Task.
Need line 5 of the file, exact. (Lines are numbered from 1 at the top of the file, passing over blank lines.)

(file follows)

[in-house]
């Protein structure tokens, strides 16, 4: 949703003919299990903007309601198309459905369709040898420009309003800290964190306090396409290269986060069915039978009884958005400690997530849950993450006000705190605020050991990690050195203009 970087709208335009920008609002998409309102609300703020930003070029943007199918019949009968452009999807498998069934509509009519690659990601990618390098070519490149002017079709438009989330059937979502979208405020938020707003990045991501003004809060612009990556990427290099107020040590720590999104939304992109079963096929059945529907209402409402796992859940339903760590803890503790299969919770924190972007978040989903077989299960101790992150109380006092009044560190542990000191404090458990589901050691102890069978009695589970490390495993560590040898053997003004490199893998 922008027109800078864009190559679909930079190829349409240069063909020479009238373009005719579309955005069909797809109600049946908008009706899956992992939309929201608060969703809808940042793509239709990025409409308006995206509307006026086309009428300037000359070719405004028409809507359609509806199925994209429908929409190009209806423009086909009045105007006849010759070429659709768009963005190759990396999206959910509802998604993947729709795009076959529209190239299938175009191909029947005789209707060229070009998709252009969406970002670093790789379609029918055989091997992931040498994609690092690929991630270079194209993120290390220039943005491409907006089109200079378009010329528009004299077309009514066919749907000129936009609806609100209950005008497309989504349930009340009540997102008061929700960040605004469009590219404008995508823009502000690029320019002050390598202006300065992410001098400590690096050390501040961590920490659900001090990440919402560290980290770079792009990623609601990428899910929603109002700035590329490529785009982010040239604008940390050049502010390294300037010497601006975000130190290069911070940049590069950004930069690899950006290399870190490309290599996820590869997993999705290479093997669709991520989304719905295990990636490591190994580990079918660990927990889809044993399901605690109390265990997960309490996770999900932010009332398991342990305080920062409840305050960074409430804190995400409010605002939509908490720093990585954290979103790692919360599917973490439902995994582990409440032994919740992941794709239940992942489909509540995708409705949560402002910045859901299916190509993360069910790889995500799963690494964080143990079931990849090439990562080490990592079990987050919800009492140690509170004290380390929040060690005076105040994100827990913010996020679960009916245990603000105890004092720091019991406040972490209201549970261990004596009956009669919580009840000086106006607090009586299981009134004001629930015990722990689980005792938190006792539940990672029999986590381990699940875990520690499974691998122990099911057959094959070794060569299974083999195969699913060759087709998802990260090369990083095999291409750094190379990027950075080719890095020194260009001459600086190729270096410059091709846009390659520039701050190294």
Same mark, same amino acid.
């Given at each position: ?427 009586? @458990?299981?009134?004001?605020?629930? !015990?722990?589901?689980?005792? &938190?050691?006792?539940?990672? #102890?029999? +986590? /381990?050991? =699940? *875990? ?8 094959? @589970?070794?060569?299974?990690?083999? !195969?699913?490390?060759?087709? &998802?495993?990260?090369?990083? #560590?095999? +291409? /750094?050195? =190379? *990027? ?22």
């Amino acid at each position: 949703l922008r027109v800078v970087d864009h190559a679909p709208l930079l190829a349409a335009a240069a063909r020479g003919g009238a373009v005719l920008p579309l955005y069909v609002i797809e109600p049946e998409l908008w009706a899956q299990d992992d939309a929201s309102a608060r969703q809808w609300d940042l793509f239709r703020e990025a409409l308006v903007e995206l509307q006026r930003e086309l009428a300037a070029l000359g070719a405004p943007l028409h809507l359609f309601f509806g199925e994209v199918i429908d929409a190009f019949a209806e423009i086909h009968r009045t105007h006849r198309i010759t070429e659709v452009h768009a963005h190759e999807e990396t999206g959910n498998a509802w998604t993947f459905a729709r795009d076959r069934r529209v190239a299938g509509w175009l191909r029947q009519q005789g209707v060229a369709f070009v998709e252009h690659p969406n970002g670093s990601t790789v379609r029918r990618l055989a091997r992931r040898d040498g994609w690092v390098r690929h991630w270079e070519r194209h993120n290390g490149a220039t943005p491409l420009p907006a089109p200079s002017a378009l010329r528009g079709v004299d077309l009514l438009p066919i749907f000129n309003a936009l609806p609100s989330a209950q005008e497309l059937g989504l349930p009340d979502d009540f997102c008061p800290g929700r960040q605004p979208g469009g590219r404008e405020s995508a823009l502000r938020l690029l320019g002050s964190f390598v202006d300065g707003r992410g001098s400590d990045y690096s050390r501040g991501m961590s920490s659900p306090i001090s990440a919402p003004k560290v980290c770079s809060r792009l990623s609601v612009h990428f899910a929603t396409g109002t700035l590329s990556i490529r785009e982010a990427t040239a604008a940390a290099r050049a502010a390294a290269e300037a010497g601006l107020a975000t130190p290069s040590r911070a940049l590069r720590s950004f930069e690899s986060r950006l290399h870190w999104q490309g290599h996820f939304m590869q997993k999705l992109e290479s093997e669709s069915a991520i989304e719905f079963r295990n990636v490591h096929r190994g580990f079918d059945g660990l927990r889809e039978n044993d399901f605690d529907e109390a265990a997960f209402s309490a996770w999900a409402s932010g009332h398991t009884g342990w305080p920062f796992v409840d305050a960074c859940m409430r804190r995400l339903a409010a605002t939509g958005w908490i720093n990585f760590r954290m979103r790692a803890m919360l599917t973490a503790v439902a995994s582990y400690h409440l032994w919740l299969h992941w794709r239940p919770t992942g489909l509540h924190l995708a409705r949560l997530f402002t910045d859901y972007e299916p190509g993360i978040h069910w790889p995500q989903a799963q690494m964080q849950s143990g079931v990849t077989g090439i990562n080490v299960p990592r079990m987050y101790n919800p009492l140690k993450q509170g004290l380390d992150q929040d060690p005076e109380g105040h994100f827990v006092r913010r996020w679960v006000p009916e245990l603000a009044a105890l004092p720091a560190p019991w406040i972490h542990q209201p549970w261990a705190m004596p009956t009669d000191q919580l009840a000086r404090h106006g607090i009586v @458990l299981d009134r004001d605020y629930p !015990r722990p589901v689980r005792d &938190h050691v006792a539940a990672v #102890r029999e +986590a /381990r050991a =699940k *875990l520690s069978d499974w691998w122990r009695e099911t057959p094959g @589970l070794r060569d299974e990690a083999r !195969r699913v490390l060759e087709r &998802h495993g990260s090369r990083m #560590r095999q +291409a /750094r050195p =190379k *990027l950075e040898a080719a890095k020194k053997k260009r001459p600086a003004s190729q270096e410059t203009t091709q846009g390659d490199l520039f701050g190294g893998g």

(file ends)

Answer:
């Amino acid at each position: 949703l922008r027109v800078v970087d864009h190559a679909p709208l930079l190829a349409a335009a240069a063909r020479g003919g009238a373009v005719l920008p579309l955005y069909v609002i797809e109600p049946e998409l908008w009706a899956q299990d992992d939309a929201s309102a608060r969703q809808w609300d940042l793509f239709r703020e990025a409409l308006v903007e995206l509307q006026r930003e086309l009428a300037a070029l000359g070719a405004p943007l028409h809507l359609f309601f509806g199925e994209v199918i429908d929409a190009f019949a209806e423009i086909h009968r009045t105007h006849r198309i010759t070429e659709v452009h768009a963005h190759e999807e990396t999206g959910n498998a509802w998604t993947f459905a729709r795009d076959r069934r529209v190239a299938g509509w175009l191909r029947q009519q005789g209707v060229a369709f070009v998709e252009h690659p969406n970002g670093s990601t790789v379609r029918r990618l055989a091997r992931r040898d040498g994609w690092v390098r690929h991630w270079e070519r194209h993120n290390g490149a220039t943005p491409l420009p907006a089109p200079s002017a378009l010329r528009g079709v004299d077309l009514l438009p066919i749907f000129n309003a936009l609806p609100s989330a209950q005008e497309l059937g989504l349930p009340d979502d009540f997102c008061p800290g929700r960040q605004p979208g469009g590219r404008e405020s995508a823009l502000r938020l690029l320019g002050s964190f390598v202006d300065g707003r992410g001098s400590d990045y690096s050390r501040g991501m961590s920490s659900p306090i001090s990440a919402p003004k560290v980290c770079s809060r792009l990623s609601v612009h990428f899910a929603t396409g109002t700035l590329s990556i490529r785009e982010a990427t040239a604008a940390a290099r050049a502010a390294a290269e300037a010497g601006l107020a975000t130190p290069s040590r911070a940049l590069r720590s950004f930069e690899s986060r950006l290399h870190w999104q490309g290599h996820f939304m590869q997993k999705l992109e290479s093997e669709s069915a991520i989304e719905f079963r295990n990636v490591h096929r190994g580990f079918d059945g660990l927990r889809e039978n044993d399901f605690d529907e109390a265990a997960f209402s309490a996770w999900a409402s932010g009332h398991t009884g342990w305080p920062f796992v409840d305050a960074c859940m409430r804190r995400l339903a409010a605002t939509g958005w908490i720093n990585f760590r954290m979103r790692a803890m919360l599917t973490a503790v439902a995994s582990y400690h409440l032994w919740l299969h992941w794709r239940p919770t992942g489909l509540h924190l995708a409705r949560l997530f402002t910045d859901y972007e299916p190509g993360i978040h069910w790889p995500q989903a799963q690494m964080q849950s143990g079931v990849t077989g090439i990562n080490v299960p990592r079990m987050y101790n919800p009492l140690k993450q509170g004290l380390d992150q929040d060690p005076e109380g105040h994100f827990v006092r913010r996020w679960v006000p009916e245990l603000a009044a105890l004092p720091a560190p019991w406040i972490h542990q209201p549970w261990a705190m004596p009956t009669d000191q919580l009840a000086r404090h106006g607090i009586v @458990l299981d009134r004001d605020y629930p !015990r722990p589901v689980r005792d &938190h050691v006792a539940a990672v #102890r029999e +986590a /381990r050991a =699940k *875990l520690s069978d499974w691998w122990r009695e099911t057959p094959g @589970l070794r060569d299974e990690a083999r !195969r699913v490390l060759e087709r &998802h495993g990260s090369r990083m #560590r095999q +291409a /750094r050195p =190379k *990027l950075e040898a080719a890095k020194k053997k260009r001459p600086a003004s190729q270096e410059t203009t091709q846009g390659d490199l520039f701050g190294g893998g």